Written by: April Vargo
As I sit here writing this blog, I am starting week five post delivery. Honestly, this whole time I have been absolutely shocked at how well I have felt. I mean, there has been some discomfort here and there, but overall it’s been relatively smooth sailing.
I was always really afraid to have a C-Section, as it’s a major surgery. They are slicing through skin, muscle, and whatever other fun layers of awesomeness lay there. I just thought it would be terribly painful.
I’m not sure if I’m just lucky or had a fantastic doctor, but it has been fabulous. If and when baby number 2 comes, I would gladly do another. That being said there were some hurdles to overcome.
My doctor said that his profession is the only one where a patient undergoes surgery and then is expected to go home and take care of another human being. Moms aren’t able to just lay around and really take the time to focus strictly on their recovery. This is so true! When I think about everything I’ve been doing, I tend to forget I just underwent a major surgery.
The hospital versus being at home are two different beasts. When you’re in the hospital you have people constantly tending to you and helping you and baby. You’re kind of in this isolated bubble. Everything is done for you. You get this awesome bed with fabulous buttons that help you to sit up and lay down, one of my favorite amenities. At home those are just a thing of the past.
The biggest hurdle for me was my lack of independence. A nurse actually told me that this is what every C-Section patient tells her, “the hardest part is taking away a woman’s independence.” I am very used to being able to take care of myself and more. I don’t tend to have to rely on others for much of anything.
However, the biggest shock to the system was being told I couldn’t bend over. At first I was like, okay whatever, I guess that doesn’t really matter. You don’t realize how many things you bend over for.
The nurse told me, okay when it’s time for you to change underwear, let me know and I’ll help you. “Woah there, why do you need to help me?” “Because you can’t bend over, remember.” The simplest of tasks, changing your own undergarments was no longer sacred.
I then realized how was I going to shower, there was a whole second half of me I wouldn’t be able to reach. This is where my husband stepped in. It was completely mortifying for me to have to ask him to help me shower and then help me get dressed. He did it without a second thought. He was incredibly gracious, and helped me for a solid week.
When week 2 rolled around I was bound and determined to do this small task on my own. I didn’t care if it took all day, I was going to get dressed and showered on my own. I did it! “Necessity is the mother of invention.”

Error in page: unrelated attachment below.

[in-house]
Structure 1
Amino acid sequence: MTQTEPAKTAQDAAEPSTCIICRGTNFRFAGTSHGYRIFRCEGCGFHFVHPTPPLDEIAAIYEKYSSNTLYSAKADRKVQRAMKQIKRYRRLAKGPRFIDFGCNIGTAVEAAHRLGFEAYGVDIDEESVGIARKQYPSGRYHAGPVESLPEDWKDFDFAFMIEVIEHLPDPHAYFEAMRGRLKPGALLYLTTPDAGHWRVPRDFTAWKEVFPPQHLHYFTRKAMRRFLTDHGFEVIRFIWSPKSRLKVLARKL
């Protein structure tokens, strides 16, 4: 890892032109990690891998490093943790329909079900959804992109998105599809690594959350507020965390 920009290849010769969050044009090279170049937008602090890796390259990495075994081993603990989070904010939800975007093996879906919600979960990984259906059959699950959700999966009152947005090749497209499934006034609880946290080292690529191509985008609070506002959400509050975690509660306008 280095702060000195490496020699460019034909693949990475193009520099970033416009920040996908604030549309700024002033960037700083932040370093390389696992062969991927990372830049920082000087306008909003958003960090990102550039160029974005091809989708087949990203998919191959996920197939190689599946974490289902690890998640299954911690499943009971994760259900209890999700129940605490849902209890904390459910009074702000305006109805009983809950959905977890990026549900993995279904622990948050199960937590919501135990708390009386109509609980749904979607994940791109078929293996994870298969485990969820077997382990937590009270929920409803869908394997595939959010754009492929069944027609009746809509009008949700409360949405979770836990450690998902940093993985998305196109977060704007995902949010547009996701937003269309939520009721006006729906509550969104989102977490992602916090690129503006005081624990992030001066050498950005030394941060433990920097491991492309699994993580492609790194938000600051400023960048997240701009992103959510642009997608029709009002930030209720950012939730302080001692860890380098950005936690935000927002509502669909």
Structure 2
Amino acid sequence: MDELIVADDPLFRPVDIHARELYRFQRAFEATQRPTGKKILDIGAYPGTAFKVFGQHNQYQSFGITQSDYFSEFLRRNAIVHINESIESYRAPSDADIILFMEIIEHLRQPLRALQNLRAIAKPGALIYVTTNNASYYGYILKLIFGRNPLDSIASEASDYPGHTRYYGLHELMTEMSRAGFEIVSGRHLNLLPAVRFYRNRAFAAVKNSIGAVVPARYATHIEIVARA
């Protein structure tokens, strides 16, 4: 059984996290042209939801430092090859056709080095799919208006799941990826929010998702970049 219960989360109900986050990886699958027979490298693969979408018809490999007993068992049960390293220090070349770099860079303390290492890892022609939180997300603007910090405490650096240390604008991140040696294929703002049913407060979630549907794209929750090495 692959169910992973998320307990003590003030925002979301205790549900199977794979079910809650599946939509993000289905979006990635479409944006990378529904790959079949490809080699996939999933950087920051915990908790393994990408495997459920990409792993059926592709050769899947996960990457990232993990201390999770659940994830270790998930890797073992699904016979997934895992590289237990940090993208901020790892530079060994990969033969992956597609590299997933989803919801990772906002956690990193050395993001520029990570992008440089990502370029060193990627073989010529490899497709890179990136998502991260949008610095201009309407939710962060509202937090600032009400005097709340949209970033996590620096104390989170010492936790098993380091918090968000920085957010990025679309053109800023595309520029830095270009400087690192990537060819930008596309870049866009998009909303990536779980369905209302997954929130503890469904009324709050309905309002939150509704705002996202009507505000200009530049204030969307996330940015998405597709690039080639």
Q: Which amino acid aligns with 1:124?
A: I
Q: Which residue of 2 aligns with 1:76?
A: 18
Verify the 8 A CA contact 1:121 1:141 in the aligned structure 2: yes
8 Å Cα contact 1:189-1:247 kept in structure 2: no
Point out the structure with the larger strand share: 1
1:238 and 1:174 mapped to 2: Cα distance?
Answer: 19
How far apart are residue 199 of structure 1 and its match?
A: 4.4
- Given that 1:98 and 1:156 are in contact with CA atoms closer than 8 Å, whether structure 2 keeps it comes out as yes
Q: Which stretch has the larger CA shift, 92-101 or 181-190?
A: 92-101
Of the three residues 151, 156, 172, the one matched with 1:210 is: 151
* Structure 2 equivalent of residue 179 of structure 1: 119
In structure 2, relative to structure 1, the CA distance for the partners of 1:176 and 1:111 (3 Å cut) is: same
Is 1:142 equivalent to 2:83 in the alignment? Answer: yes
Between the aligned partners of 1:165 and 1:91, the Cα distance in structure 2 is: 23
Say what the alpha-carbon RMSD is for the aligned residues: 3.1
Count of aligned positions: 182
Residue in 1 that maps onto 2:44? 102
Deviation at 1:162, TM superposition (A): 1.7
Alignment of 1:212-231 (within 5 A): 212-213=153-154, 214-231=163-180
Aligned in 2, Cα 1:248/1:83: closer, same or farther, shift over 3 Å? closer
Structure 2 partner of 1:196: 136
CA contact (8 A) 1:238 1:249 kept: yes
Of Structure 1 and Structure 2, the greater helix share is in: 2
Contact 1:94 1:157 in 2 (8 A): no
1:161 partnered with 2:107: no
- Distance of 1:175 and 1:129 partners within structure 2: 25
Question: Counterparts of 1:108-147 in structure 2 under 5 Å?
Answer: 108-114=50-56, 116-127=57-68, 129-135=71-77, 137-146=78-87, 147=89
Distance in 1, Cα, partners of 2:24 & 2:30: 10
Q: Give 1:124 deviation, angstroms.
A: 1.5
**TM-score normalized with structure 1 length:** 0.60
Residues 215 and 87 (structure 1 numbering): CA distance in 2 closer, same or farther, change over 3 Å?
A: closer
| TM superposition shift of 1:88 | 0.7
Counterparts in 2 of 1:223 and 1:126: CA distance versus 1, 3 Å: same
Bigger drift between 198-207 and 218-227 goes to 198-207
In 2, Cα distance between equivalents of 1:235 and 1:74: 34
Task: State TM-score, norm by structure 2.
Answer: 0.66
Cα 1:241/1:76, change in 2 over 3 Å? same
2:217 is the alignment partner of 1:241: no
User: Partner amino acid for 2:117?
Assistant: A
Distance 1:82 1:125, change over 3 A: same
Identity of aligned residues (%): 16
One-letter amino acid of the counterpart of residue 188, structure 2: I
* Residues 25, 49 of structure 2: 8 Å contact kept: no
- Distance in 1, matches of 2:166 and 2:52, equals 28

The most painful part of recovery was the first poop. Seriously, no one tells you about this, but it’s terrible. I would undergo labor and surgery before doing this again. I told a friend I felt like I delivered two babies that week.
It’s something no one tells you about but with all of the medication you’ve been on, it basically backs you up. So when it’s time to get the ball rolling, nothing rolls. You also have to be careful not to use any pressure as you don’t want to pop stitches and staples. Unfortunately, you don’t really have any control, and you just pray to God that everything holds.
My friend told me warm washcloths to help the process. This was an absolute Godsend. It was the only thing that got me through. Again, my husband was running up and down the stairs preparing warm washcloths. I swear the man was a saint.
Needless to say I got off any pain meds right away when I learned this was aiding in my difficulty. I increased my fiber intake immensely. It took a while, but things got back to normal.
I think the biggest shock to the system was how easy it was to get back to normal. I started walking six hours after my surgery. I wasn’t fast by any means, but I was walking. The more movement I did the better I felt. It really helped to keep things from being too stiff. The more stiff you are the more things hurt.
When I was home and realized I had to get out of bed by myself, no magic button to lift me up, that was definitely a little scary. You’d be surprised how strong you are. It’s easier than you think, especially when a little one needs you and you really have no choice. Get up or let her suffer, you get up. Your stomach and back are definitely a little sore, but you start getting really creative in how you get up. Your muscles get stronger and stronger everyday.
My mom had come to stay with us for the second week, which was really nice. She helped me to troubleshoot some baby signs….like why is she crying? What does she need? How can I fix her?
She also helped by cooking dinner, cleaning up, and watching the baby from time to time so I could take a nap. This week really helped me get back to normal. It was also really nice to get to spend some mother-daughter-granddaughter time together. It was pretty special. By the time she left on Friday I was walking pretty well and could do my day to day tasks by myself as well as taking care of Maizy.
By week three I was running up and down stairs, doing laundry, dishes, cooking, and taking care of the baby 100 percent by myself.
At this point (week 5), I completely forgot that I even had surgery. I feel great, I feel like myself again. I have full range of motion, have noticed I am getting back down to my normal size rather quickly, and have had zero complications.
I have heard that this is not necessarily “normal.” Some people have an easier time than I did and some people really struggle with the recovery process. In the comment section below feel free to share your story, or leave any advice for people who are currently recovering.